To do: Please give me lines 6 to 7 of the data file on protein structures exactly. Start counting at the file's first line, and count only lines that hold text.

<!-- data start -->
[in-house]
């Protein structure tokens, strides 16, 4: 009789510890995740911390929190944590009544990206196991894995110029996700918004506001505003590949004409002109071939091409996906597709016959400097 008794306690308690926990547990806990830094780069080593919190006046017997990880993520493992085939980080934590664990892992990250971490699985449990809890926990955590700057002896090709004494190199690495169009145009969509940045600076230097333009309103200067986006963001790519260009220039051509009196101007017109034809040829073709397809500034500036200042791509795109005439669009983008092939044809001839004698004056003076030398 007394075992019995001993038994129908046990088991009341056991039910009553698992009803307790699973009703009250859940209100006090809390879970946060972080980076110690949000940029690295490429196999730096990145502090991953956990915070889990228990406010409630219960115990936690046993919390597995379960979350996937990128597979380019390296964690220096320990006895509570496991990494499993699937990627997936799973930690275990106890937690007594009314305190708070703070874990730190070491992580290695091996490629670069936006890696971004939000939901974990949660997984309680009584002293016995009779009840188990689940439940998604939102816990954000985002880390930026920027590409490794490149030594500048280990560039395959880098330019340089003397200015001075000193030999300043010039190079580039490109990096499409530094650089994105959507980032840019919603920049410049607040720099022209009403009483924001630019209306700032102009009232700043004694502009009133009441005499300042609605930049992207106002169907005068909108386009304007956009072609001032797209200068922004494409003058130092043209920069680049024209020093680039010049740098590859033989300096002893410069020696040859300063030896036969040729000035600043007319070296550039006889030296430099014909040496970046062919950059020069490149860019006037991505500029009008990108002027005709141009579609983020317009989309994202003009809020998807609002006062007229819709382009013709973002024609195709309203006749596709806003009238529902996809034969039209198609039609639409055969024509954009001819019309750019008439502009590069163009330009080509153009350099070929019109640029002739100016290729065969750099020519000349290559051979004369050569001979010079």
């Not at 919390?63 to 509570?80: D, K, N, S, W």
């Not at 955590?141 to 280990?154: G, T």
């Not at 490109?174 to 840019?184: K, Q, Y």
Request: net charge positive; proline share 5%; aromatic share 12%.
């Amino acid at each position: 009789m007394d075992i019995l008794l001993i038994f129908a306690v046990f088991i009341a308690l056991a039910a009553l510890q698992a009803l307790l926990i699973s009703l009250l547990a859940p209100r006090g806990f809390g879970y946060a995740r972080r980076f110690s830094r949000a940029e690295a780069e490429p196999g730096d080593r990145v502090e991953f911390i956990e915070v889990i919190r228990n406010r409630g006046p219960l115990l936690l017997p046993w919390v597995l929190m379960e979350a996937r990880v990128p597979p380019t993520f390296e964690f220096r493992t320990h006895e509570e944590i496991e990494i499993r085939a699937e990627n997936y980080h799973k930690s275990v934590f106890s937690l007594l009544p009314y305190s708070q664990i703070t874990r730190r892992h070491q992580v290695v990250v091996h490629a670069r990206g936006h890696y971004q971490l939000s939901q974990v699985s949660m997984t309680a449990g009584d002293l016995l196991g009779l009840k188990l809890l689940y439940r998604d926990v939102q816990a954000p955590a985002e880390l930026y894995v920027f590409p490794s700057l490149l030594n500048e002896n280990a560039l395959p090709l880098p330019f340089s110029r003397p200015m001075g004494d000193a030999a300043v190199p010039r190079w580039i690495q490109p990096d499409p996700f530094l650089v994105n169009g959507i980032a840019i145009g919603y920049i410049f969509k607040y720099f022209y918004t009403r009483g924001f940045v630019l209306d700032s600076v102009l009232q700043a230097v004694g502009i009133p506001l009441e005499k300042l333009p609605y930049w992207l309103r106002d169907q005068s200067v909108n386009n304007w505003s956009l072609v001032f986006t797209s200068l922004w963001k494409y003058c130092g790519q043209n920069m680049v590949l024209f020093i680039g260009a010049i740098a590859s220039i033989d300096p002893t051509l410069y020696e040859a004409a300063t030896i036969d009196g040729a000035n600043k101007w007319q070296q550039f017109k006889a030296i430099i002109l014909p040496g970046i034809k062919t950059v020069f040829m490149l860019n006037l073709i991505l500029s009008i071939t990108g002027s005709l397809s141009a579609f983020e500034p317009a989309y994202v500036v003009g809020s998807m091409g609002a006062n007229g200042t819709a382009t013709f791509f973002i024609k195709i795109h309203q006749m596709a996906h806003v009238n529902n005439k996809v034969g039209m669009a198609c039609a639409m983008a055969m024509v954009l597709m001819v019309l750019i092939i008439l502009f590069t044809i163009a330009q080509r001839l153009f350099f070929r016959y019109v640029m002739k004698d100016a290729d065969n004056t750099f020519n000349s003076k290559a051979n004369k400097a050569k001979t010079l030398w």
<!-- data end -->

Request: net charge positive; proline share 5%; aromatic share 12%.
């Amino acid at each position: 009789m007394d075992i019995l008794l001993i038994f129908a306690v046990f088991i009341a308690l056991a039910a009553l510890q698992a009803l307790l926990i699973s009703l009250l547990a859940p209100r006090g806990f809390g879970y946060a995740r972080r980076f110690s830094r949000a940029e690295a780069e490429p196999g730096d080593r990145v502090e991953f911390i956990e915070v889990i919190r228990n406010r409630g006046p219960l115990l936690l017997p046993w919390v597995l929190m379960e979350a996937r990880v990128p597979p380019t993520f390296e964690f220096r493992t320990h006895e509570e944590i496991e990494i499993r085939a699937e990627n997936y980080h799973k930690s275990v934590f106890s937690l007594l009544p009314y305190s708070q664990i703070t874990r730190r892992h070491q992580v290695v990250v091996h490629a670069r990206g936006h890696y971004q971490l939000s939901q974990v699985s949660m997984t309680a449990g009584d002293l016995l196991g009779l009840k188990l809890l689940y439940r998604d926990v939102q816990a954000p955590a985002e880390l930026y894995v920027f590409p490794s700057l490149l030594n500048e002896n280990a560039l395959p090709l880098p330019f340089s110029r003397p200015m001075g004494d000193a030999a300043v190199p010039r190079w580039i690495q490109p990096d499409p996700f530094l650089v994105n169009g959507i980032a840019i145009g919603y920049i410049f969509k607040y720099f022209y918004t009403r009483g924001f940045v630019l209306d700032s600076v102009l009232q700043a230097v004694g502009i009133p506001l009441e005499k300042l333009p609605y930049w992207l309103r106002d169907q005068s200067v909108n386009n304007w505003s956009l072609v001032f986006t797209s200068l922004w963001k494409y003058c130092g790519q043209n920069m680049v590949l024209f020093i680039g260009a010049i740098a590859s220039i033989d300096p002893t051509l410069y020696e040859a004409a300063t030896i036969d009196g040729a000035n600043k101007w007319q070296q550039f017109k006889a030296i430099i002109l014909p040496g970046i034809k062919t950059v020069f040829m490149l860019n006037l073709i991505l500029s009008i071939t990108g002027s005709l397809s141009a579609f983020e500034p317009a989309y994202v500036v003009g809020s998807m091409g609002a006062n007229g200042t819709a382009t013709f791509f973002i024609k195709i795109h309203q006749m596709a996906h806003v009238n529902n005439k996809v034969g039209m669009a198609c039609a639409m983008a055969m024509v954009l597709m001819v019309l750019i092939i008439l502009f590069t044809i163009a330009q080509r001839l153009f350099f070929r016959y019109v640029m002739k004698d100016a290729d065969n004056t750099f020519n000349s003076k290559a051979n004369k400097a050569k001979t010079l030398w």